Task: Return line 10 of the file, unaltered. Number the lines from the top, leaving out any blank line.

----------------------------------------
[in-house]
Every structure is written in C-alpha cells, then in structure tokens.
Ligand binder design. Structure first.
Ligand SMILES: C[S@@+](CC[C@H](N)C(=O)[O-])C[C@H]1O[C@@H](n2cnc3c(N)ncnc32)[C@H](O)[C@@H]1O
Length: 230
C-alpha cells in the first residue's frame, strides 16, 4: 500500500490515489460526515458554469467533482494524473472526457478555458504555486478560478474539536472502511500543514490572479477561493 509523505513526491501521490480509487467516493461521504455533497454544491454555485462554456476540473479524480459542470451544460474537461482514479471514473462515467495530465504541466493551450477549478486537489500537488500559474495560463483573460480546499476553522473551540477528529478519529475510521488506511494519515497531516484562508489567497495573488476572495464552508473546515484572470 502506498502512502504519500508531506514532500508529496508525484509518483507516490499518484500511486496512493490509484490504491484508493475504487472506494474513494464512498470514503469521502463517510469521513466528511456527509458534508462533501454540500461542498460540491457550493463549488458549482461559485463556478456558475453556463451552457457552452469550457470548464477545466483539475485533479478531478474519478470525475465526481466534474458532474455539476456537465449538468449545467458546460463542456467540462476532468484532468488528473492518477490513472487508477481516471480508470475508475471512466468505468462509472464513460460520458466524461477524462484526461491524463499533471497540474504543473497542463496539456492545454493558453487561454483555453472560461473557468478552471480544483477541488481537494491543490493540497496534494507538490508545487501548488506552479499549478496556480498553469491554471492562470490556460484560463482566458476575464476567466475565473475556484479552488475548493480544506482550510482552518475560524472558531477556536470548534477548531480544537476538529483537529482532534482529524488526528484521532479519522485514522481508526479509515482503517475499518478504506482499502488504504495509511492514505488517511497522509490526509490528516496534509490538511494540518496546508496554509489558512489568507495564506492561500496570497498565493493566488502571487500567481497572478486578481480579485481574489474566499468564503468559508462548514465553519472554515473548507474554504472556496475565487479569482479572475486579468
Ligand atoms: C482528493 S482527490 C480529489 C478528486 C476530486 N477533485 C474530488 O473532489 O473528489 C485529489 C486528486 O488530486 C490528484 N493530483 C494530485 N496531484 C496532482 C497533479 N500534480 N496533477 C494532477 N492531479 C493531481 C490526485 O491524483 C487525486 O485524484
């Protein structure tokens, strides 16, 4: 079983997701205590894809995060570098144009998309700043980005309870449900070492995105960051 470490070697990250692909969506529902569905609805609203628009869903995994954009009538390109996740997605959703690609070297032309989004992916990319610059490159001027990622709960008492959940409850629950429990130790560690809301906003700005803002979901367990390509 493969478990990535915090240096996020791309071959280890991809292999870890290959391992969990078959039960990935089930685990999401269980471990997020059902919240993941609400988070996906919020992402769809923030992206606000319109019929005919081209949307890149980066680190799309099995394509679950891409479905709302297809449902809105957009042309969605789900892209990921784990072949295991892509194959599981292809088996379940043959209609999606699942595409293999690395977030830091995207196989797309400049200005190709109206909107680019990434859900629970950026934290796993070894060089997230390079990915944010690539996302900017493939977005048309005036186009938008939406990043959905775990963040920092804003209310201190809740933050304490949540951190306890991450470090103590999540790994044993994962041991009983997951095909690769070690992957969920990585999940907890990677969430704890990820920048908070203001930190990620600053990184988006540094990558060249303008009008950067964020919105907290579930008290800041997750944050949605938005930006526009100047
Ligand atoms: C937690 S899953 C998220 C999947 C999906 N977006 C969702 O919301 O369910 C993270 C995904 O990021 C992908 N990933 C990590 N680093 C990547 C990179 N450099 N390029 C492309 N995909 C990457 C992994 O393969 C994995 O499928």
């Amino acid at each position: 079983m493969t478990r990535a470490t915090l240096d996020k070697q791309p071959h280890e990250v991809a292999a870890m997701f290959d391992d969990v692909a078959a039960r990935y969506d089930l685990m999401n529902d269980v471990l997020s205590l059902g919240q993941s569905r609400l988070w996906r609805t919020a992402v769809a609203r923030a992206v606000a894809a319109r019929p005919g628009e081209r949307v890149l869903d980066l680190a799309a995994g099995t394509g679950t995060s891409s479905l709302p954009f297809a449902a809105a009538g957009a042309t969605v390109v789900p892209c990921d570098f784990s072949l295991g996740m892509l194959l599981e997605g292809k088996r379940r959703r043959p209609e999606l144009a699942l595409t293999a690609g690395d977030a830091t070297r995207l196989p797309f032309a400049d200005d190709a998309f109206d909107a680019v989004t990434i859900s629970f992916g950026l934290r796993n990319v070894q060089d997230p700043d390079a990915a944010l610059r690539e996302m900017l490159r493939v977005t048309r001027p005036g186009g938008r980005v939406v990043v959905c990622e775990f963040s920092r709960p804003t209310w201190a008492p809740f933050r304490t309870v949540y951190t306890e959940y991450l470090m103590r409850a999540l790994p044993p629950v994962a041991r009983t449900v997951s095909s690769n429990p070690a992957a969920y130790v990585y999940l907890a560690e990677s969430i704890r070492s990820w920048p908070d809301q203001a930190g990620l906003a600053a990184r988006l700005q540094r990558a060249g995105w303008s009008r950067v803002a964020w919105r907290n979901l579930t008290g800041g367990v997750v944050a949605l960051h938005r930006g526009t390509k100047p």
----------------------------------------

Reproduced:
């Amino acid at each position: 079983m493969t478990r990535a470490t915090l240096d996020k070697q791309p071959h280890e990250v991809a292999a870890m997701f290959d391992d969990v692909a078959a039960r990935y969506d089930l685990m999401n529902d269980v471990l997020s205590l059902g919240q993941s569905r609400l988070w996906r609805t919020a992402v769809a609203r923030a992206v606000a894809a319109r019929p005919g628009e081209r949307v890149l869903d980066l680190a799309a995994g099995t394509g679950t995060s891409s479905l709302p954009f297809a449902a809105a009538g957009a042309t969605v390109v789900p892209c990921d570098f784990s072949l295991g996740m892509l194959l599981e997605g292809k088996r379940r959703r043959p209609e999606l144009a699942l595409t293999a690609g690395d977030a830091t070297r995207l196989p797309f032309a400049d200005d190709a998309f109206d909107a680019v989004t990434i859900s629970f992916g950026l934290r796993n990319v070894q060089d997230p700043d390079a990915a944010l610059r690539e996302m900017l490159r493939v977005t048309r001027p005036g186009g938008r980005v939406v990043v959905c990622e775990f963040s920092r709960p804003t209310w201190a008492p809740f933050r304490t309870v949540y951190t306890e959940y991450l470090m103590r409850a999540l790994p044993p629950v994962a041991r009983t449900v997951s095909s690769n429990p070690a992957a969920y130790v990585y999940l907890a560690e990677s969430i704890r070492s990820w920048p908070d809301q203001a930190g990620l906003a600053a990184r988006l700005q540094r990558a060249g995105w303008s009008r950067v803002a964020w919105r907290n979901l579930t008290g800041g367990v997750v944050a949605l960051h938005r930006g526009t390509k100047p």